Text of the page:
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ICCPR Act under fire

Nearly four months into the highly contested arrest of writer Shakthika Sathkumara, the allegedly selective application of the ICCPR Act repressing free expression of Sri Lankan citizens came into harsh criticism in a panel discussion held in Colombo yesterday.

Organised by the citizen journalism initiative Vikalpa, the discussion centred around the sudden spike in arrests made under provisions in the controversial International Covenant on Civil and Political Rights (ICCPR) Act.

Speaking at the event, lawyer and activist Lakshan Dias said authorities and institutes entrusted with implementing the law cannot be relied upon to use the ICCPR Act for its express purpose of protecting the civil and political rights of citizens.

These institutes, biased and backward as they are, he said, are ill-informed of the fundamental rights already enshrined in the Constitution including the right to free speech as well as other cultural, social and economic rights guaranteed through various Acts in Parliament.

“I believe that the laws already in place are mostly sufficient. The problem lies in the political bias and backwardness of the institutes implementing the law,” he said, charging that the authorities have a tendency to selectively and discriminatorily apply the law as they see fit.

Going as far as to call the ICCPR Act effectively “useless”, Dias said no government in history has offered to protect human rights at the expense of ruling class interests.

“Marx said the state is a weapon of the ruling class. No country has served human rights to its citizens on a platter. This [Act] is useless. Except that it is being used to curtail the people’s right to express themselves,” he said.

Quoting the preamble of the ICCPR Act passed in 2007, the senior lawyer noted that it only covers civil and political rights not already given legislative recognition in the Constitution and in other legislation enacted in Parliament.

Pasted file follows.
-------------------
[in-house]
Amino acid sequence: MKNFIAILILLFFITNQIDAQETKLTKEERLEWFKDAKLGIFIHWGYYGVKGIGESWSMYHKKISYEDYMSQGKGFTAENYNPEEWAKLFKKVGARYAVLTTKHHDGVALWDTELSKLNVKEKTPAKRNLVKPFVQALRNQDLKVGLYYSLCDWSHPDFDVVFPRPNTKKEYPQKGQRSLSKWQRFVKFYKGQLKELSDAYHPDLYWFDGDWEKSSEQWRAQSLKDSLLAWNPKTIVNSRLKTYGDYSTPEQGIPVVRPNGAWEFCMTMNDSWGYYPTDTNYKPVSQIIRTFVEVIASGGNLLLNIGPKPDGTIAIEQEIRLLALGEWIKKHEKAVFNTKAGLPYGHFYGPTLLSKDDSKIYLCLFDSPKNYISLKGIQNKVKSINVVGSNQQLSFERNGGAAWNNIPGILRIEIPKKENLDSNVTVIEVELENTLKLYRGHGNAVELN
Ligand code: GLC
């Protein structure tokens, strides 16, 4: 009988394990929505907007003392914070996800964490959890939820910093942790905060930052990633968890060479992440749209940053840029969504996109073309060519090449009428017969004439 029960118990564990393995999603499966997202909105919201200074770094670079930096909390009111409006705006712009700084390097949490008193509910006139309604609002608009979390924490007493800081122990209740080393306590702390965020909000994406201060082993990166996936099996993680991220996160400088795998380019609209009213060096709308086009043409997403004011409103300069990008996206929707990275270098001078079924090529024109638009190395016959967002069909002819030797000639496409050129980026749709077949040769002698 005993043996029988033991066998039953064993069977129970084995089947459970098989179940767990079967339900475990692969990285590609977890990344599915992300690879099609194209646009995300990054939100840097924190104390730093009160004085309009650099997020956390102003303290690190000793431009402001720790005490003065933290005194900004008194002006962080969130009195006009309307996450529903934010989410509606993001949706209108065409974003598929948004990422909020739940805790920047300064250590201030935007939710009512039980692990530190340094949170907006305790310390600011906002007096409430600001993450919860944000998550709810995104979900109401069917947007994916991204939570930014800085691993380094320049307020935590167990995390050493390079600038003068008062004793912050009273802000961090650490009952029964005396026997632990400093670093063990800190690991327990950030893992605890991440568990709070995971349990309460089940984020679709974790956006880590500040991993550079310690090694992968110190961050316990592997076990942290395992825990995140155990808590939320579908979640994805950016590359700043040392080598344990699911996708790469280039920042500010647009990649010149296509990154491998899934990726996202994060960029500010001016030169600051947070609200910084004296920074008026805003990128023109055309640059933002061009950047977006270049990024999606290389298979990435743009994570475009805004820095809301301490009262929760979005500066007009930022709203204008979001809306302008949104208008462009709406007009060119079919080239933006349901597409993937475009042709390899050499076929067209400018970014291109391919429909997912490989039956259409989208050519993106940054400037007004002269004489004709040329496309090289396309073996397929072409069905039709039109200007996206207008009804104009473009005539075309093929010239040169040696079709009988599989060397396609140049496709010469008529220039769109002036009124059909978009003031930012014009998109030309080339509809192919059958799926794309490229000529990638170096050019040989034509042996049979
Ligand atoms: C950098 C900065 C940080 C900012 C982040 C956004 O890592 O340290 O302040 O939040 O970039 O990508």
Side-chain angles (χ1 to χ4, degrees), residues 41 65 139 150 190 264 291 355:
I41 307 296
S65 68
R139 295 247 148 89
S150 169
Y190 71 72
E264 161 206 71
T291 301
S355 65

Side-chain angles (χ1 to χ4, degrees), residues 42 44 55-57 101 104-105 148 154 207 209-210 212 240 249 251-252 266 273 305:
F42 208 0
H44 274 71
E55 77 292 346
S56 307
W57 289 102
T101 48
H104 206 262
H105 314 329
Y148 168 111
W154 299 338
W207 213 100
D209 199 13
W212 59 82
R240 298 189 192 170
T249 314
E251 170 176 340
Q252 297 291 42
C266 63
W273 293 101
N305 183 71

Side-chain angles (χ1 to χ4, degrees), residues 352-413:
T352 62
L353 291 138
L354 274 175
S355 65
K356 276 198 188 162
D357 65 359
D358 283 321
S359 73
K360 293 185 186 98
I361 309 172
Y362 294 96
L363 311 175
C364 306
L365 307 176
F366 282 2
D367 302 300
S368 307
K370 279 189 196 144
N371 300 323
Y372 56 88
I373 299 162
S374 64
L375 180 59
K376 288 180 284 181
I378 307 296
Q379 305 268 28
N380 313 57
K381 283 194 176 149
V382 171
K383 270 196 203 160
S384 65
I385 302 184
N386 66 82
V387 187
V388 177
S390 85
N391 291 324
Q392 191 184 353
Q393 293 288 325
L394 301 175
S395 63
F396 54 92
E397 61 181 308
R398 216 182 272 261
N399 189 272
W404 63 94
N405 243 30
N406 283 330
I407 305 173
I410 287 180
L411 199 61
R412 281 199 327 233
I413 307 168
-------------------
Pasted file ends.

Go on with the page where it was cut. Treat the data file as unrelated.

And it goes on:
“A majority of civil and political rights were already covered in the chapter on Fundamental Rights and other Acts passed in Parliament. There were things not already covered, but no government would like to touch those. As I understand it, the ICCPR Act is not one that guarantees or promotes any right,” said Dias.

He further noted that publishing anything that is deemed hate speech or inciting communal violence can lead to an arrest under provisions in the Prevention of Terrorism Act, the ICCPR Act and Sections 290, 291 and 292 of the Penal Code, as well as other laws.

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“Who decides that you would be sued under provisions in the ICCPR Act? The police. We know the level of a police officer. It is someone of that level who decides to use this law against you,” he said, adding that it was unlikely that the police officer who arrested Sathkumara sought the advice of the Police’s legal division or the Attorney General’s Department.  

Reiterating that the authorities implement the ICCPR Act with no consideration to the people’s constitutionally guaranteed right to free expression, Dias said even a Magistrate is often compelled to listen to the prosecutor.

“The institutes implementing the law continue to be biased and backward. It is so bad that not even the judiciary can intervene. This system will continue if you don’t try to change it,” he said.

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